New book out of BYU celebrates legacy of ‘disciple-scholar’ Richard Bushman

Spencer Fluhman will never forget the summer of 1999. The 26-year-old college student was a participant in one of the first summer seminars ever conducted by Richard Bushman, the noted Columbia University historian and biographer of the Prophet Joseph Smith.

The class members spent their time discussing critics of Joseph Smith, and Fluhman was eager to supplement his faith with sound academic reasoning. In one of the sessions, Bushman presented a strategy for dealing with troubling issues.

“He said something like, ‘We don’t work around problems, we work through them,’” said Fluhman in an interview with the blog, From the Desk of Kurt Manwaring.

Spencer Fluhman is the director of the Neal A. Maxwell Institute for Religious Scholarship at BYU. Photo by Aaron Cornia/BYU
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“His courage and candor had a profound influence on me,” he continued. “He reminded me of Elder (Neal A.) Maxwell, who insisted that the truth can stand scrutiny. Richard’s confidence and calm just infused that summer, and it’s never left me.”

Bushman’s own combination of faith and scholarship stemmed from a trial of faith earlier in his life. His college years were filled with questions rooted in a belief there was not enough evidence to truly believe in God.

And yet notwithstanding his doubts, Bushman lived the life one might expect of a believing member of The Church of Jesus Christ of Latter-day Saints.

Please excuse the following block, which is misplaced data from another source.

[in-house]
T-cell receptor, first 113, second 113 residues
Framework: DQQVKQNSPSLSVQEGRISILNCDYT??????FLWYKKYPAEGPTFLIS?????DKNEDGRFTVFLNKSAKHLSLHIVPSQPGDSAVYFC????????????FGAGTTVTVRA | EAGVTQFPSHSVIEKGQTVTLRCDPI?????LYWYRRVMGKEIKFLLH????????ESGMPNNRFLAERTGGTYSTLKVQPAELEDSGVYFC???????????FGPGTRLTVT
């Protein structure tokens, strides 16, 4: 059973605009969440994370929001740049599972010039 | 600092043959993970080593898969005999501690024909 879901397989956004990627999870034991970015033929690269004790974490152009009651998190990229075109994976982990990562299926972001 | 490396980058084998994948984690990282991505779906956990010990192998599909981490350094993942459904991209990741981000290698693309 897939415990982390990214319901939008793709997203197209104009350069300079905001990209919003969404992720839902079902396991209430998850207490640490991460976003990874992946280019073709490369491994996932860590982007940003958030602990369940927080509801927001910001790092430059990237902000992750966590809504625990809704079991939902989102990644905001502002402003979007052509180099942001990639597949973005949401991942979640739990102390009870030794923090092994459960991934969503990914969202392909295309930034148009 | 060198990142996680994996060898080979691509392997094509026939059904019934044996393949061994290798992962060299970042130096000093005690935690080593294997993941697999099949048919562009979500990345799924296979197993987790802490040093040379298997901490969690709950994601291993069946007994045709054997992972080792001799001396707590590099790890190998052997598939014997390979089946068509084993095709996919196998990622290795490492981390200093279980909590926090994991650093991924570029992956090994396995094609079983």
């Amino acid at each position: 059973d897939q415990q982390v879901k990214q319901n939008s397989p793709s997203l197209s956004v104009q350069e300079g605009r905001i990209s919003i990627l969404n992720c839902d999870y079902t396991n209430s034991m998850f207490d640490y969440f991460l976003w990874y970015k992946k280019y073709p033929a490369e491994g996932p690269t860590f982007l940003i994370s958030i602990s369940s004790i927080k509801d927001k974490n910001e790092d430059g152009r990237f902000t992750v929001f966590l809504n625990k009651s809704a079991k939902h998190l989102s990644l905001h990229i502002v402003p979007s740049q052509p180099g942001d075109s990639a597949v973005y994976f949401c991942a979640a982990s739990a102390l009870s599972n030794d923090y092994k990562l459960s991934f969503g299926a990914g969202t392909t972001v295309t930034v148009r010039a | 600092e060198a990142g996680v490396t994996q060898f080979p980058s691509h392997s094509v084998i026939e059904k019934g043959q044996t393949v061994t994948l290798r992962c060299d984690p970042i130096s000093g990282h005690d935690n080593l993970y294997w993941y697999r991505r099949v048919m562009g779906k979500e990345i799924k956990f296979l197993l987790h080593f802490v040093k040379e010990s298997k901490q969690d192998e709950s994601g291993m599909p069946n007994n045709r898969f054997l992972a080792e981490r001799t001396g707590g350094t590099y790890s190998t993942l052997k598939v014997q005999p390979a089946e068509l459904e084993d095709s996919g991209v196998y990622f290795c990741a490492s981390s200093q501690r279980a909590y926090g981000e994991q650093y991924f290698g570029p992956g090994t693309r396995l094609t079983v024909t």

“Later in life, after telling this story innumerable times, I confronted the fact that despite my supposed doubts, I went on a mission,” Bushman said in a recent interview. “More, I went without anguish. There was no internal debate, no thrashing about. I told my mission president I did not have a testimony, but still took the train to Nova Scotia to teach the gospel.”

As the years went on, Bushman began to realize he was wrong to think there was a time he did not believe.

And yet notwithstanding his doubts, Bushman lived the life one might expect of a believing member of The Church of Jesus Christ of Latter-day Saints.

“Later in life, after telling this story innumerable times, I confronted the fact that despite my supposed doubts, I went on a mission,” Bushman said in a recent interview. “More, I went without anguish. There was no internal debate, no thrashing about. I told my mission president I did not have a testimony, but still took the train to Nova Scotia to teach the gospel.”

As the years went on, Bushman began to realize he was wrong to think there was a time he did not believe.

“I have now concluded, though it is at best a surmise, that I said I did not believe because I could not explain to people like my Harvard classmates or my sophomore tutor, I.B. Cohen, why I believed,” said Bushman. “I had no words to sustain myself in educated company — which I experienced as disbelief.

“After I learned to speak more intelligibly about my belief, my faith returned,” said Bushman. “Ever since, I have felt compelled to find words to say when an objection is raised. But underneath it all, I am a believer and probably always was.”